In this incandescent novel, V.S. Naipaul takes us deeply into the life of one man, an Indian who, uprooted by the bloody tides of Third World history, has come to live in an isolated town at the bend of a great river in a newly independent African nation. Naipaul gives us the most convincing and disturbing vision yet of what happens in a place caught between the dangerously alluring modern world and its own tenacious past and traditions.
"Beautiful, insightful, troubling"
Former government minister Ralph Singh is the perpetual outsider: displaced, disillusioned, and now living in exile, Ralph reflects on his earlier life and the searing effects of colonialism. Ralph's constant estrangement sees him ever attempting to fit into various communities, only to find home in more transient spaces. Born on the tropical island of Isabella, he is one of West India's many "Mimic Men".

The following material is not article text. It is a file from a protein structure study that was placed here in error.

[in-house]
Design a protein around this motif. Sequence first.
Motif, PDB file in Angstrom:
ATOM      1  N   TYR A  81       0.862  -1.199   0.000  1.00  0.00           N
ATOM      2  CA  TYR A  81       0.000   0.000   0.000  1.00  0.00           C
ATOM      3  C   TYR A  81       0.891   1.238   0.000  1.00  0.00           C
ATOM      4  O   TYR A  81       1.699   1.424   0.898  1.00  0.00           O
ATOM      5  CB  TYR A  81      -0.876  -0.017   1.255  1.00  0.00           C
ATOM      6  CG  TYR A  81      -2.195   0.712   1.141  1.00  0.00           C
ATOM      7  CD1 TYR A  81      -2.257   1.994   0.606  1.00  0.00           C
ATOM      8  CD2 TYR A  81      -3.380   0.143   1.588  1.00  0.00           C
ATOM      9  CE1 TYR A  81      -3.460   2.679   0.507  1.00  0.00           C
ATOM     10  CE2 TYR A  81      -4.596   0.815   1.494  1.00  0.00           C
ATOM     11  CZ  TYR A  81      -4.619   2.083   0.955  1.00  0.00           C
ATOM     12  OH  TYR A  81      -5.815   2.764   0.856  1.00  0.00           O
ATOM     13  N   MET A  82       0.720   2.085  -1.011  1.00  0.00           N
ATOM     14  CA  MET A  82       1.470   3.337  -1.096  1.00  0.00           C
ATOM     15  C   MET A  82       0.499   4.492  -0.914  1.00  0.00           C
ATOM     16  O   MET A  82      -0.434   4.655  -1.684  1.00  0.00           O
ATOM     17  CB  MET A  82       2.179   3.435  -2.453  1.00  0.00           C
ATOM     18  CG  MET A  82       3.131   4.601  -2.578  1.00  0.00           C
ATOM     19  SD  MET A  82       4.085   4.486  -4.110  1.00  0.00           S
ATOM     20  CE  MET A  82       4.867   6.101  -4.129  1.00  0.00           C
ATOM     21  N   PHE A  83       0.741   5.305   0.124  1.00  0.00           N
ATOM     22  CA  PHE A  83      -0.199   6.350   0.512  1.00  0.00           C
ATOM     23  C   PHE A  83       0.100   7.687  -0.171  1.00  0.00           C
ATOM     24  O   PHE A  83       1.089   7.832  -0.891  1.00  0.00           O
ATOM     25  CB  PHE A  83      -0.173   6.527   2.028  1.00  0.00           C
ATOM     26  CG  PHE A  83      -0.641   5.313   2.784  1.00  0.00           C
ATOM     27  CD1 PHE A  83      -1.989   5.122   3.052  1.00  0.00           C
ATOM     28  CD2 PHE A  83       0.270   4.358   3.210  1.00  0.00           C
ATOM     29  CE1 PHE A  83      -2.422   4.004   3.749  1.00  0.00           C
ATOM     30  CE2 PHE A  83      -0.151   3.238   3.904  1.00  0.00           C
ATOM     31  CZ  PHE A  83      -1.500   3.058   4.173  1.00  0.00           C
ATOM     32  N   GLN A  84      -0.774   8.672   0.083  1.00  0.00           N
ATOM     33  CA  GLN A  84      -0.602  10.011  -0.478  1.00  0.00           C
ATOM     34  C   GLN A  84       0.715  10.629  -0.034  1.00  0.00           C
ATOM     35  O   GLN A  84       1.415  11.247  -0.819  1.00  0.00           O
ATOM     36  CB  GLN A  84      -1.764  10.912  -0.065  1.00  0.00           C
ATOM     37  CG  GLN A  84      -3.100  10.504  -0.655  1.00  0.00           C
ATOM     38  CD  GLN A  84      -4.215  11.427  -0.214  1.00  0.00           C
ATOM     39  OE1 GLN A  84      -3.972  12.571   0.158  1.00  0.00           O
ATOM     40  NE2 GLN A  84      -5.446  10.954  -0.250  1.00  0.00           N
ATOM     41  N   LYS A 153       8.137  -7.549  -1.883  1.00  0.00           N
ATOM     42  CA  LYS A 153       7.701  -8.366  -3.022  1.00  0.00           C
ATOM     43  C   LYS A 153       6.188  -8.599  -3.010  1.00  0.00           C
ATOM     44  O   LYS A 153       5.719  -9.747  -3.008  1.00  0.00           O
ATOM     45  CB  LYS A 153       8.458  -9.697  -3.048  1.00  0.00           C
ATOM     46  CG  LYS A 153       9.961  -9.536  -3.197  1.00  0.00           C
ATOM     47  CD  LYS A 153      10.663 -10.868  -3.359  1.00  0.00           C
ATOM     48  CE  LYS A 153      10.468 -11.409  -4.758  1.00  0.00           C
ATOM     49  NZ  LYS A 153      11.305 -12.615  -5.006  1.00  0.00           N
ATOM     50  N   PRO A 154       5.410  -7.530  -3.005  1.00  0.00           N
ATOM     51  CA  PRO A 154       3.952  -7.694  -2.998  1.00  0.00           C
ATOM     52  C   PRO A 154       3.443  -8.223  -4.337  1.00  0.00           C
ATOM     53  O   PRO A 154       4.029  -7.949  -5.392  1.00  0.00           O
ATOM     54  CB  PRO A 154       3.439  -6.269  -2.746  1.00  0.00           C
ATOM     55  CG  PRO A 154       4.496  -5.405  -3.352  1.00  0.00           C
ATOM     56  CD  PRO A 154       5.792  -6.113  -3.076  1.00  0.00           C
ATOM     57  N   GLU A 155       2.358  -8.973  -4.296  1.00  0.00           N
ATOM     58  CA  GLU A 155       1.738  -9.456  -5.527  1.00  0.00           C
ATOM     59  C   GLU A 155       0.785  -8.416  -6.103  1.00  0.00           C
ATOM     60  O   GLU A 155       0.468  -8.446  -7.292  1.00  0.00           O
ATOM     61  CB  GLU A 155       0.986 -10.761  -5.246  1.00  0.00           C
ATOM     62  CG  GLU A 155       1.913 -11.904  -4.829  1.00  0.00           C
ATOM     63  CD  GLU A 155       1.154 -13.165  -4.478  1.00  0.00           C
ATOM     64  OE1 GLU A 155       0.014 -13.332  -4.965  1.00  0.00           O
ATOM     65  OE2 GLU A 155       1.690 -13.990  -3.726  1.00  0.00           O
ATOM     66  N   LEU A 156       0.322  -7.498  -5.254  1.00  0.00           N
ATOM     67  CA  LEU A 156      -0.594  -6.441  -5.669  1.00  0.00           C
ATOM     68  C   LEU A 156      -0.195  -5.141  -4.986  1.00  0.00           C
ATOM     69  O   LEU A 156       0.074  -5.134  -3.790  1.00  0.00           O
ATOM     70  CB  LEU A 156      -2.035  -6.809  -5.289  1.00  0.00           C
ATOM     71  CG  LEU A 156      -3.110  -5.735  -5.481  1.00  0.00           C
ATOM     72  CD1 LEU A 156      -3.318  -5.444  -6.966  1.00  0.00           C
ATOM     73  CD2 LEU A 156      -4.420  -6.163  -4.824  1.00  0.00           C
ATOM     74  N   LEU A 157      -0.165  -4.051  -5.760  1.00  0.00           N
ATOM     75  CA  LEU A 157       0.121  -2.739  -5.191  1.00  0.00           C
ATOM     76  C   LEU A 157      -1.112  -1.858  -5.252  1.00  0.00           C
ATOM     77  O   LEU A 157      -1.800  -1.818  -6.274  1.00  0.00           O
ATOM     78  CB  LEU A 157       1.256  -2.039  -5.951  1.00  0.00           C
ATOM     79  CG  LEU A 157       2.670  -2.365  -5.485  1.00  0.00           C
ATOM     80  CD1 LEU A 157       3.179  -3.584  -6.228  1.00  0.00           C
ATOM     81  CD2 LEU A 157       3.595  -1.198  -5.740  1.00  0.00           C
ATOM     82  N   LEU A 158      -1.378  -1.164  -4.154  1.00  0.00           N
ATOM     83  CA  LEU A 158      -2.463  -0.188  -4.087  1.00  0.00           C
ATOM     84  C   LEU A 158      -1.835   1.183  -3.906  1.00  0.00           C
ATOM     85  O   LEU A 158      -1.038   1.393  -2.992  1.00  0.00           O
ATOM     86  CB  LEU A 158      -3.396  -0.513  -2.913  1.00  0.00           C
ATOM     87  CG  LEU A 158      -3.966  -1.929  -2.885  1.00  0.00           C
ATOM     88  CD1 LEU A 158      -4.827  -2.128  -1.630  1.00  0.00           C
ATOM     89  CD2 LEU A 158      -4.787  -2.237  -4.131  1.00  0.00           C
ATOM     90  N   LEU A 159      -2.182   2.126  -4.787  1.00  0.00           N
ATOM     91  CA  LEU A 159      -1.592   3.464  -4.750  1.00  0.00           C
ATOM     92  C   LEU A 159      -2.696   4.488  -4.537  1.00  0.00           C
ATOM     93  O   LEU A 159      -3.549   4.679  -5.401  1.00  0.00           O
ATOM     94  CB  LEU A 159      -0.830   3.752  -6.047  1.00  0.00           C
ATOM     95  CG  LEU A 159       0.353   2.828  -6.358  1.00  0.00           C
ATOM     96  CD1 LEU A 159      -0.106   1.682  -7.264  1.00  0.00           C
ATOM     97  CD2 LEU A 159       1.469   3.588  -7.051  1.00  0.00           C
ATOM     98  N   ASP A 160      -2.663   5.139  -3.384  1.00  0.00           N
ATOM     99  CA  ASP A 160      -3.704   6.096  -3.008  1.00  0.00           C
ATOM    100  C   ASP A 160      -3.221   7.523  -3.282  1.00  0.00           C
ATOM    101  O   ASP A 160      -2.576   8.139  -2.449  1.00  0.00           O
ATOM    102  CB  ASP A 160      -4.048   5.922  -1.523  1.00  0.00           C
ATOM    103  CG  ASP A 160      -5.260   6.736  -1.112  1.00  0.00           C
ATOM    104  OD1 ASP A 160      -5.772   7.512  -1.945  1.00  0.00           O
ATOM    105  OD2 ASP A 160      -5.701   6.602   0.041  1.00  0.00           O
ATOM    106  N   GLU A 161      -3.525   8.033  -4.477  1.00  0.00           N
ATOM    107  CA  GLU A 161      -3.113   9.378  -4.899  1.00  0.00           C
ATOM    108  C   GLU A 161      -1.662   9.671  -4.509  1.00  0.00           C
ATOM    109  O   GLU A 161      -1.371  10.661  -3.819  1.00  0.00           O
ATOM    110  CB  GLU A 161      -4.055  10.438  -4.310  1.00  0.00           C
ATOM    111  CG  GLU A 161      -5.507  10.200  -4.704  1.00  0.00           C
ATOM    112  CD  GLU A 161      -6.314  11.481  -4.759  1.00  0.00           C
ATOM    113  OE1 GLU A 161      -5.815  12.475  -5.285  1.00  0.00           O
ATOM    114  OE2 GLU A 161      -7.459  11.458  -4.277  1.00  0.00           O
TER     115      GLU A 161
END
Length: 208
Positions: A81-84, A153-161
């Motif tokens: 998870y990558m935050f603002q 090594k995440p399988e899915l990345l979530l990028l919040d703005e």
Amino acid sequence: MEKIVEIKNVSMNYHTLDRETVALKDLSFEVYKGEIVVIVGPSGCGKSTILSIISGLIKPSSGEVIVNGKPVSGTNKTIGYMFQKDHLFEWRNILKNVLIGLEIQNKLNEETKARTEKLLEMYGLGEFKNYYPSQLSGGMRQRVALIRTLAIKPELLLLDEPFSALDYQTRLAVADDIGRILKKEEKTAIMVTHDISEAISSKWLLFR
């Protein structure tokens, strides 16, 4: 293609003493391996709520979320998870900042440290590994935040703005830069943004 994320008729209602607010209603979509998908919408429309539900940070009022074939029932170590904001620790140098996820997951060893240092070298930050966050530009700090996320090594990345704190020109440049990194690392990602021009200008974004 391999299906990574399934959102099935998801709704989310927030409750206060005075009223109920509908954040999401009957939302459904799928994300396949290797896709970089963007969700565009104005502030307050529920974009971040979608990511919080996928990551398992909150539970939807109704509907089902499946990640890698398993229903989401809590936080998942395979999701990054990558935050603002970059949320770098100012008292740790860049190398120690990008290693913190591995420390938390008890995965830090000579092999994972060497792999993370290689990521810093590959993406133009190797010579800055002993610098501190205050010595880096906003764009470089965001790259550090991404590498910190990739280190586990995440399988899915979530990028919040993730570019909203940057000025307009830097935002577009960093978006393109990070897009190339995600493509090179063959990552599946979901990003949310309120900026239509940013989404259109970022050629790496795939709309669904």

Nobel Prize-winner V. S. Naipaul, one of the world's most acclaimed authors, effortlessly tackles provocative ideas that lesser novelists shy away from and always leaves his audience with something to think about.
"Read Half a Life first"
In a probing narrative that is part meditation and part remembrance, Nobel Laureate V. S. Naipaul shares how his process of creative and intellectual assimilation across various cultures has shaped both his writing and his life. Naipaul discusses the writers to whom he was exposed early on and his first encounters with literary culture.